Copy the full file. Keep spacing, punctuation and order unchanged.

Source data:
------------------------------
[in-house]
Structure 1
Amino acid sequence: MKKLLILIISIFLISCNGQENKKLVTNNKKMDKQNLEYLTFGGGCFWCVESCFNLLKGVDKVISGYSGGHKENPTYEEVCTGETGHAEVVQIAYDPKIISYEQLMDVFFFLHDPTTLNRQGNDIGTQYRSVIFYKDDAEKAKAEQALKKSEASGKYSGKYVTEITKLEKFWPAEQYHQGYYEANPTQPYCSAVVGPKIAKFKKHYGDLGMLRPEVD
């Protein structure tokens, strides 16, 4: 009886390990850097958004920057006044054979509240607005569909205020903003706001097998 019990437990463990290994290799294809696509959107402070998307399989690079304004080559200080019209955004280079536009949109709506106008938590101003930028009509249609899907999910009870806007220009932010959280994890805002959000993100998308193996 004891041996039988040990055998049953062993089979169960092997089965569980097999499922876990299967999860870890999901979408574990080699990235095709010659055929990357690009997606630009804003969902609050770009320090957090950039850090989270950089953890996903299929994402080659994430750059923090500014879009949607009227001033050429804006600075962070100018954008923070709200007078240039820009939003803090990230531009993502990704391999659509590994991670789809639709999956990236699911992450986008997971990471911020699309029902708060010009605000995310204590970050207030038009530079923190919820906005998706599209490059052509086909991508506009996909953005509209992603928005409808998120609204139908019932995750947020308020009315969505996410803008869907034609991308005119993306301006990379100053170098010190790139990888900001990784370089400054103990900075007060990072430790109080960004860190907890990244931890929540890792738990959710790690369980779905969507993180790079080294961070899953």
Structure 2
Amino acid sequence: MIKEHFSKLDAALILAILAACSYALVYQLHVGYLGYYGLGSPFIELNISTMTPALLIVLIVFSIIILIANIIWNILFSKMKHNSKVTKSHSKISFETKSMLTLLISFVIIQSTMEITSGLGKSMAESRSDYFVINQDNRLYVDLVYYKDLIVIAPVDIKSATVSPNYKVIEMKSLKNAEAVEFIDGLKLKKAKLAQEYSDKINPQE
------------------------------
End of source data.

[in-house]
Structure 1
Amino acid sequence: MKKLLILIISIFLISCNGQENKKLVTNNKKMDKQNLEYLTFGGGCFWCVESCFNLLKGVDKVISGYSGGHKENPTYEEVCTGETGHAEVVQIAYDPKIISYEQLMDVFFFLHDPTTLNRQGNDIGTQYRSVIFYKDDAEKAKAEQALKKSEASGKYSGKYVTEITKLEKFWPAEQYHQGYYEANPTQPYCSAVVGPKIAKFKKHYGDLGMLRPEVD
């Protein structure tokens, strides 16, 4: 009886390990850097958004920057006044054979509240607005569909205020903003706001097998 019990437990463990290994290799294809696509959107402070998307399989690079304004080559200080019209955004280079536009949109709506106008938590101003930028009509249609899907999910009870806007220009932010959280994890805002959000993100998308193996 004891041996039988040990055998049953062993089979169960092997089965569980097999499922876990299967999860870890999901979408574990080699990235095709010659055929990357690009997606630009804003969902609050770009320090957090950039850090989270950089953890996903299929994402080659994430750059923090500014879009949607009227001033050429804006600075962070100018954008923070709200007078240039820009939003803090990230531009993502990704391999659509590994991670789809639709999956990236699911992450986008997971990471911020699309029902708060010009605000995310204590970050207030038009530079923190919820906005998706599209490059052509086909991508506009996909953005509209992603928005409808998120609204139908019932995750947020308020009315969505996410803008869907034609991308005119993306301006990379100053170098010190790139990888900001990784370089400054103990900075007060990072430790109080960004860190907890990244931890929540890792738990959710790690369980779905969507993180790079080294961070899953």
Structure 2
Amino acid sequence: MIKEHFSKLDAALILAILAACSYALVYQLHVGYLGYYGLGSPFIELNISTMTPALLIVLIVFSIIILIANIIWNILFSKMKHNSKVTKSHSKISFETKSMLTLLISFVIIQSTMEITSGLGKSMAESRSDYFVINQDNRLYVDLVYYKDLIVIAPVDIKSATVSPNYKVIEMKSLKNAEAVEFIDGLKLKKAKLAQEYSDKINPQE